South Korean authorities will stimulate the country's growing demand for alternative meat and dairy products
South Korea's Ministry of Agriculture and Food says its initiative is to boost the plant-based food sector, with a strategic launch planned for December.
The country's decision is consistent with global trends that have seen the plant-based market evolve in recent years and, in some cases, face inevitable headwinds as consumer demand for clean labels grows.
But today, plant-based products are not as widespread in Asia-Pacific markets, where there is still opportunity.
South Korea's plant-based food initiative comes just two weeks after Denmark set an international precedent by publishing its plant-based food action plan. The focus is on expanding the production and consumption of plant-based foods through support to the public sector, industry and research.
South Korea's strategy includes establishing a research center for alternative foods and supporting the export of related products. In addition, it is planned to expand the use of domestic agricultural products in the production of plant-based substitutes.
“We believe it is critical that governments take the lead in developing plans that align the food system to support the production and consumption of plant-based foods,” said Shirley Lu, managing director of ProVeg in Asia. “It is governments that have the power and resources to ensure concerted action at all levels of society.”
The UN Food and Agriculture Organization (FAO) states that about 14% of all emissions come from meat and dairy production. Global experts are looking for ways to reduce meat consumption, arguing that a shift to alternative plant-based production will provide a long-term solution to decarbonize food systems.
“The global food system accounts for about a third of greenhouse gas emissions, and livestock production accounts for about a fifth of total emissions. Governments therefore need to prioritize decarbonizing food systems, adds Shirley Lu. - Since plant-based foods produce half the greenhouse gas emissions of animal-based foods, a strategy to promote the production and consumption of plant-based foods is an obvious and necessary step to accelerate the transition to sustainable food production. We believe it is important to support institutional change, encouraging places such as schools, hospitals and prisons to provide plant-based diets, and local and national government policies to move towards plant-based diets, for example.”
In its Agricultural Outlook 2023, the Korea Institute of Rural Economics reported that last year, for the first time in history, meat consumption in Korea exceeded rice consumption. Meat in forms such as Sam-gyeop-sal, commonly known as pork belly, has a special place in Korean cuisine. Eating pork belly and beef is common at social gatherings. Traditionally, consumption of this meat has been associated with high socioeconomic status and social capital of the Korean population.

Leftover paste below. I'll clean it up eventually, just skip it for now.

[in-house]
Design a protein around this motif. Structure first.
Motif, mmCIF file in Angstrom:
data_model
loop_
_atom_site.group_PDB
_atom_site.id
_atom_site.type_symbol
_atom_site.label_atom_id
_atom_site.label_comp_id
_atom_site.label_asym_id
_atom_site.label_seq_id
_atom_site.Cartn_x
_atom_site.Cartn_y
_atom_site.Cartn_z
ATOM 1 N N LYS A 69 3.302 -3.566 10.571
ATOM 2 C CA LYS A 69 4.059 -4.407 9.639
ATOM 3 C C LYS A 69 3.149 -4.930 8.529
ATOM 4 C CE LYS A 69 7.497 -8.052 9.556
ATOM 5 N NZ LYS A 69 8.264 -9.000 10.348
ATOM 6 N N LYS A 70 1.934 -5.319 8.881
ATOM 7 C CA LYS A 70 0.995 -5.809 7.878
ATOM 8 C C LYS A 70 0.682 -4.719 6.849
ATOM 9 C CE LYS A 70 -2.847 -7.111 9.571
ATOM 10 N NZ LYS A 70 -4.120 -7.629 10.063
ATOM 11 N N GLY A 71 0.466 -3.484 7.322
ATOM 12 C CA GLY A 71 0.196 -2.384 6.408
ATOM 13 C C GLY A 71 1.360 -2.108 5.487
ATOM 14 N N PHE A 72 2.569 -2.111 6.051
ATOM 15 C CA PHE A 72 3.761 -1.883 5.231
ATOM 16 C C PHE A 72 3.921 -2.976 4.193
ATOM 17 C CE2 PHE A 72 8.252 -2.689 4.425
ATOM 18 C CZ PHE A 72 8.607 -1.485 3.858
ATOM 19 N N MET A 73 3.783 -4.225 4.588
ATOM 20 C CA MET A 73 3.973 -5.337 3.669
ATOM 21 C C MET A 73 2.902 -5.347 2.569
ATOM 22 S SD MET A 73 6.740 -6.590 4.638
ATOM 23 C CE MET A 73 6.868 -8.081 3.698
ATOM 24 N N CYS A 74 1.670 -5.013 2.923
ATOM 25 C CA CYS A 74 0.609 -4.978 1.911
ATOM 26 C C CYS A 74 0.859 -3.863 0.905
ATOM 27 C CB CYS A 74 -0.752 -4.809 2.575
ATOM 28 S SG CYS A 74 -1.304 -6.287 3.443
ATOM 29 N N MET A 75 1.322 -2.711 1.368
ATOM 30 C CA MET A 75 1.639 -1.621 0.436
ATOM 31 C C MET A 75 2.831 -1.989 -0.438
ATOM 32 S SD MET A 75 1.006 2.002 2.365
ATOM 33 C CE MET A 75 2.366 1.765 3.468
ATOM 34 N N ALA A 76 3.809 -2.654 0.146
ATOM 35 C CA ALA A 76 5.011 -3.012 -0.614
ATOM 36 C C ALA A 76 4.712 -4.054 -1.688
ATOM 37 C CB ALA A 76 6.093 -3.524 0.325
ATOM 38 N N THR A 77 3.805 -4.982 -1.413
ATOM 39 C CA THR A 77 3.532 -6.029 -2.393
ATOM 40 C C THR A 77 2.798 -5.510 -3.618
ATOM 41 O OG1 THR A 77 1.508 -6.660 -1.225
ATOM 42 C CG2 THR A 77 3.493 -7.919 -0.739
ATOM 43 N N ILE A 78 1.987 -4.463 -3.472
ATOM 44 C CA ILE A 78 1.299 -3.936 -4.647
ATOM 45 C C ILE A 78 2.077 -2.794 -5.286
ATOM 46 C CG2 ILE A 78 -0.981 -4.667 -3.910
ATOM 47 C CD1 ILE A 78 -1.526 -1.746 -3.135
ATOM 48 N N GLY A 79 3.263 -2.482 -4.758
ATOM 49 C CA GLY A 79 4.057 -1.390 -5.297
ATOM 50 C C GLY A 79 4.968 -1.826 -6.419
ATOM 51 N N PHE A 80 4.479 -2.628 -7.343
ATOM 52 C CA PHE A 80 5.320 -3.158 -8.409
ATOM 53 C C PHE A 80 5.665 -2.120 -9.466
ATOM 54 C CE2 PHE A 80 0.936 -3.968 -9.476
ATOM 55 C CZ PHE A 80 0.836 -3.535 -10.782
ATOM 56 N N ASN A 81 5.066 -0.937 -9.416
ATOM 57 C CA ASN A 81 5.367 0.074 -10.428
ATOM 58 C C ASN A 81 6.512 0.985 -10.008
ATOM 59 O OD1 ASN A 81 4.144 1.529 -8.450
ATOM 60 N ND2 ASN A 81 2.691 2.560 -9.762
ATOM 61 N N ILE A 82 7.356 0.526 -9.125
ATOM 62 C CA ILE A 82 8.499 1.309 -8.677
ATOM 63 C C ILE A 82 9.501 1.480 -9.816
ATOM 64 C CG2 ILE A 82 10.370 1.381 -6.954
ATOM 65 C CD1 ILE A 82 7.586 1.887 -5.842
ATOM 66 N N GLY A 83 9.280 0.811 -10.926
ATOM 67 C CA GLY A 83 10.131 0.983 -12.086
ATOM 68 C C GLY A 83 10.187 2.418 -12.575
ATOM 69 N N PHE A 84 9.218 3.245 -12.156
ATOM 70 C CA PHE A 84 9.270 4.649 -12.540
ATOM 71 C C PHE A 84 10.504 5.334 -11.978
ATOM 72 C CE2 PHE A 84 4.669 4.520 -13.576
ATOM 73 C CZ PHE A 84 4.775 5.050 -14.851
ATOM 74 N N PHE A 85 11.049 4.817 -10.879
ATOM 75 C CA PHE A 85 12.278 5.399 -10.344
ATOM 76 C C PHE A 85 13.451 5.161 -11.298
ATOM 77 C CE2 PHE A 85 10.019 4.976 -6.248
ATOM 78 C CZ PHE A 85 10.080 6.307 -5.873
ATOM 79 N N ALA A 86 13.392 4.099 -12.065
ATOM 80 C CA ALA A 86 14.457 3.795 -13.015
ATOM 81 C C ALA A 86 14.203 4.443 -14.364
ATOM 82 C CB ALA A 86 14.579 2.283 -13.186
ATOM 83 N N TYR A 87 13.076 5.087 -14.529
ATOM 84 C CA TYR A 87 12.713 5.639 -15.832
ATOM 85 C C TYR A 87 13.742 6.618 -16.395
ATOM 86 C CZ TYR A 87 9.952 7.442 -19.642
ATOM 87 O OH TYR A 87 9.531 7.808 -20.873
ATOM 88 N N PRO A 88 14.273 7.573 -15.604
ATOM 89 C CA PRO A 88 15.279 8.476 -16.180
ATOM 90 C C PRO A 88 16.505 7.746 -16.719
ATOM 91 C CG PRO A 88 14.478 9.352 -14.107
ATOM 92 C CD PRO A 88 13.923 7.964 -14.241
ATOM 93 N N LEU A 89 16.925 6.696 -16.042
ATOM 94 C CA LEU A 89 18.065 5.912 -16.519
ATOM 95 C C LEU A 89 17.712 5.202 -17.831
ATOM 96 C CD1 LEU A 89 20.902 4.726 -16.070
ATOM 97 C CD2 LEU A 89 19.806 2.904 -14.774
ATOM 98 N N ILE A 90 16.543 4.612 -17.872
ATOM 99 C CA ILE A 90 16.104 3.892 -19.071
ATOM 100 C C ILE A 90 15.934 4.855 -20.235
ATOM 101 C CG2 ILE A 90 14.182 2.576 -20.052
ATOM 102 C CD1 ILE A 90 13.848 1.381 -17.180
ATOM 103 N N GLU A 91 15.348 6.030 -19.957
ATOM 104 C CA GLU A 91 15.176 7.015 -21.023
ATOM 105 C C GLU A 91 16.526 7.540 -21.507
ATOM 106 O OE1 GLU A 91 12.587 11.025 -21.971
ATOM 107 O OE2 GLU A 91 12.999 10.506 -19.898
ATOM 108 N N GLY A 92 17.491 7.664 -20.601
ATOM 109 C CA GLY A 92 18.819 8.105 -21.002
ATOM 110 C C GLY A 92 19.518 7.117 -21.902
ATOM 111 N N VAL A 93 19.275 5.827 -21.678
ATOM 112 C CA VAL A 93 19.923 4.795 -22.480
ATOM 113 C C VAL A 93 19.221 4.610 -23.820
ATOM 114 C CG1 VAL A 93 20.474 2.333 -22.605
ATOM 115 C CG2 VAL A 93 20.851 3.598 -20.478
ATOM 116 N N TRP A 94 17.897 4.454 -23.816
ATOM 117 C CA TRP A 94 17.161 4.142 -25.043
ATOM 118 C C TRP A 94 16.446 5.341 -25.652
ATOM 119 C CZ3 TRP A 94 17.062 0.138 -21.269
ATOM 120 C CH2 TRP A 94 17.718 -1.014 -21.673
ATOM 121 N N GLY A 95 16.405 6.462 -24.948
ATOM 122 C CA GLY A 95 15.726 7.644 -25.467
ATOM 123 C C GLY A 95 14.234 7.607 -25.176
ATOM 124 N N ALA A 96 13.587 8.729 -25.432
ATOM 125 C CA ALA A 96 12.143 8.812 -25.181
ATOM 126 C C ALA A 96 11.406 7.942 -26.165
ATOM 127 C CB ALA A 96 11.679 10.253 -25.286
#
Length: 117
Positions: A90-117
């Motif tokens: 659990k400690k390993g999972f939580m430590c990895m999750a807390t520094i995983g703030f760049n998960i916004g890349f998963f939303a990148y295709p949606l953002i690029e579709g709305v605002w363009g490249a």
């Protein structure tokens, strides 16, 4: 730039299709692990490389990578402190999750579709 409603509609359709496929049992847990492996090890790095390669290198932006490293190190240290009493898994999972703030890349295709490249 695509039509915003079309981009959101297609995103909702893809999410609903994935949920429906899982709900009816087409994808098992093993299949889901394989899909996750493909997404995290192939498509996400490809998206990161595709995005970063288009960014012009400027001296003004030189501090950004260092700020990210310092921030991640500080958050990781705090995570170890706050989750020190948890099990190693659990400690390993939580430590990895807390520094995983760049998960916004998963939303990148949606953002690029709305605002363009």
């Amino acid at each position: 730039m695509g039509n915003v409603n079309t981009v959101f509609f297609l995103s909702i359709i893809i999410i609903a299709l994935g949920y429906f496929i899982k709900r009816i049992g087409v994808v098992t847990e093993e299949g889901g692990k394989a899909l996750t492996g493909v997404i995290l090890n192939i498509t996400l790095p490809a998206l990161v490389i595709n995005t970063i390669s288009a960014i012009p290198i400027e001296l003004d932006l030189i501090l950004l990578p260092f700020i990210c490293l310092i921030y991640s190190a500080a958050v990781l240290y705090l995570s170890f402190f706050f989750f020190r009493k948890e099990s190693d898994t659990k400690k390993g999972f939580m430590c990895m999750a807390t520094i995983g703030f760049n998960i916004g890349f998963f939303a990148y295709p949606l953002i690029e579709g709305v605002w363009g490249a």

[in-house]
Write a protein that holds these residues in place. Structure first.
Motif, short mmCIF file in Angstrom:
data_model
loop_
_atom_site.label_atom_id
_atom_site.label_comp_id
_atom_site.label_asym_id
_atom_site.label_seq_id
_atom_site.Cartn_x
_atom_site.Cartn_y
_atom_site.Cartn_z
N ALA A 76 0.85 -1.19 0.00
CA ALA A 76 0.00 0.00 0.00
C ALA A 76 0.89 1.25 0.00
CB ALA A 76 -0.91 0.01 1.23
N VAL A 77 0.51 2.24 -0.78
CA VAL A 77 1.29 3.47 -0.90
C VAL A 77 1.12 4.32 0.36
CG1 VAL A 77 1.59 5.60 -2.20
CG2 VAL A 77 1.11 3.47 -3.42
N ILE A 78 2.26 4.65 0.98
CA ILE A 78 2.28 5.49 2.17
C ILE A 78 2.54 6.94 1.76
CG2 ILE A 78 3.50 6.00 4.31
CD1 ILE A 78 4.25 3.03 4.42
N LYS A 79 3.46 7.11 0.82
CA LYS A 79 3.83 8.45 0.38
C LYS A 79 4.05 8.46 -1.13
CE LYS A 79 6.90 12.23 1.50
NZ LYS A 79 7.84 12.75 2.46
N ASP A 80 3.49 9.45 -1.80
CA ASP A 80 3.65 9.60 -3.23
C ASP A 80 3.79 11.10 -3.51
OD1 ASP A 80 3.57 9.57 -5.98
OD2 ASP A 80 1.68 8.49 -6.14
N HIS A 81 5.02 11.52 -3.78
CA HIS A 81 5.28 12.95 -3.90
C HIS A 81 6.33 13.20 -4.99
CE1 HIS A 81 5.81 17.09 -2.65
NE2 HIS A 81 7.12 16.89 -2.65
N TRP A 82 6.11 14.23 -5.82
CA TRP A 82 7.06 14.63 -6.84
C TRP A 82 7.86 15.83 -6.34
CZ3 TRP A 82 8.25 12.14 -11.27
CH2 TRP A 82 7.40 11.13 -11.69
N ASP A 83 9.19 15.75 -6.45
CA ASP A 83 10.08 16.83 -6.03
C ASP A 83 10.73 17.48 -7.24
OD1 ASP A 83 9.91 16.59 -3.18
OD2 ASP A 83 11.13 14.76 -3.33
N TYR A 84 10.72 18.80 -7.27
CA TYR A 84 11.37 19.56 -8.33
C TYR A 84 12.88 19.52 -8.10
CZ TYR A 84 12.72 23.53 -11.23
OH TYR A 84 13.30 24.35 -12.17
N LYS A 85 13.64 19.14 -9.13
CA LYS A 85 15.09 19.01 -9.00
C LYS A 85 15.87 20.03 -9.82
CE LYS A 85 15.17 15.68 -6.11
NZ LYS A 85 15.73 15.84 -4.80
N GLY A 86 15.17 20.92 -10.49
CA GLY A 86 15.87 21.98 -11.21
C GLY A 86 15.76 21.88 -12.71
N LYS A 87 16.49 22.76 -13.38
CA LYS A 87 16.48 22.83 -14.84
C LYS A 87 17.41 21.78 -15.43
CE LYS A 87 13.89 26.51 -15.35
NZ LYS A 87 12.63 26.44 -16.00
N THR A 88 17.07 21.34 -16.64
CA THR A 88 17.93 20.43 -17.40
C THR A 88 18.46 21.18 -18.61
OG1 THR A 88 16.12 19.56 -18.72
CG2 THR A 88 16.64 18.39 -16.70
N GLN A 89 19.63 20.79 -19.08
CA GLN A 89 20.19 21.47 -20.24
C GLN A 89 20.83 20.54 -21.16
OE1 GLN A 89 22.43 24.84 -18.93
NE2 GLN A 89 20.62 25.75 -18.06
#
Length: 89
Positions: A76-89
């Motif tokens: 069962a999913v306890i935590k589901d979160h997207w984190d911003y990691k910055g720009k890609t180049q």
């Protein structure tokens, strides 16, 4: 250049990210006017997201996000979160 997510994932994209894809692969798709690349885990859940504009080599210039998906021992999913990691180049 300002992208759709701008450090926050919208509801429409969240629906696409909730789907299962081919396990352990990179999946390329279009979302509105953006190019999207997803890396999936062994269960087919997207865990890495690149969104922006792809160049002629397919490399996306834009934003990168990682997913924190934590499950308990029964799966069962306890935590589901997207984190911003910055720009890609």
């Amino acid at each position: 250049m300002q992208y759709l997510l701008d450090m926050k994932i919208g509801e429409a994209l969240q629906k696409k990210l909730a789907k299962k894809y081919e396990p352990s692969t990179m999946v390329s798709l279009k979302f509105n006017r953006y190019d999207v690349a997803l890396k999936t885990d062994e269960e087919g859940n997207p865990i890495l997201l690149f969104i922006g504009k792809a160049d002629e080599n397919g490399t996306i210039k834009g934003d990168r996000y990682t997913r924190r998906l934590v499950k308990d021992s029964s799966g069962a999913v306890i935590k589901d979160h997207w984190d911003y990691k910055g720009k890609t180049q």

However, consumers are now taking into account the health implications of meat consumption, especially in light of Korea's rapidly aging population, which is projected to be one of the fastest aging in the world.
Excessive meat consumption can lead to health problems among older adults, including the development of diabetes, increased risk of heart disease and brain disease, and potential bacterial infections such as E. coli, which pose a threat to public health. All these factors are prompting the government to step in and promote this plant-based initiative.
An increasing number of millennial and Gen Z consumers in Asia are advocating for a vegetarian lifestyle in their families. Influenced by their upbringing, the younger generation's food choices lean towards organic, natural and plant-based foods.
Shirley Lu shares insights from close neighbor Korea: “A survey conducted by China's ProVeg office has already shown that Gen Z in the country is very open to eating plant-based foods, as well as cultured meats awaiting their debut in the market. Nearly 20% of people who took part in this survey said that they are already “flexitarian” when it comes to their diet, meaning that they actively replace meat on their plates with plant-based alternatives every week.”
Looking at strategies to promote plant-based diets in Asia, Shirley Lu recognized the region's rich heritage in plant-based dishes.
Last month, ProVeg opened an office in Malaysia that will introduce V-Label, a global certification for vegetarian and vegan products, to the Malaysian market.
“We will also continue to run the Food Innovation Competition, which encourages students to develop innovative plant-based products in collaboration with industry to bring new products to market. This is a very exciting time for a region that, thanks to its culinary heritage, offers so much potential for global leadership in the transition to a plant-based diet,” concludes Lu.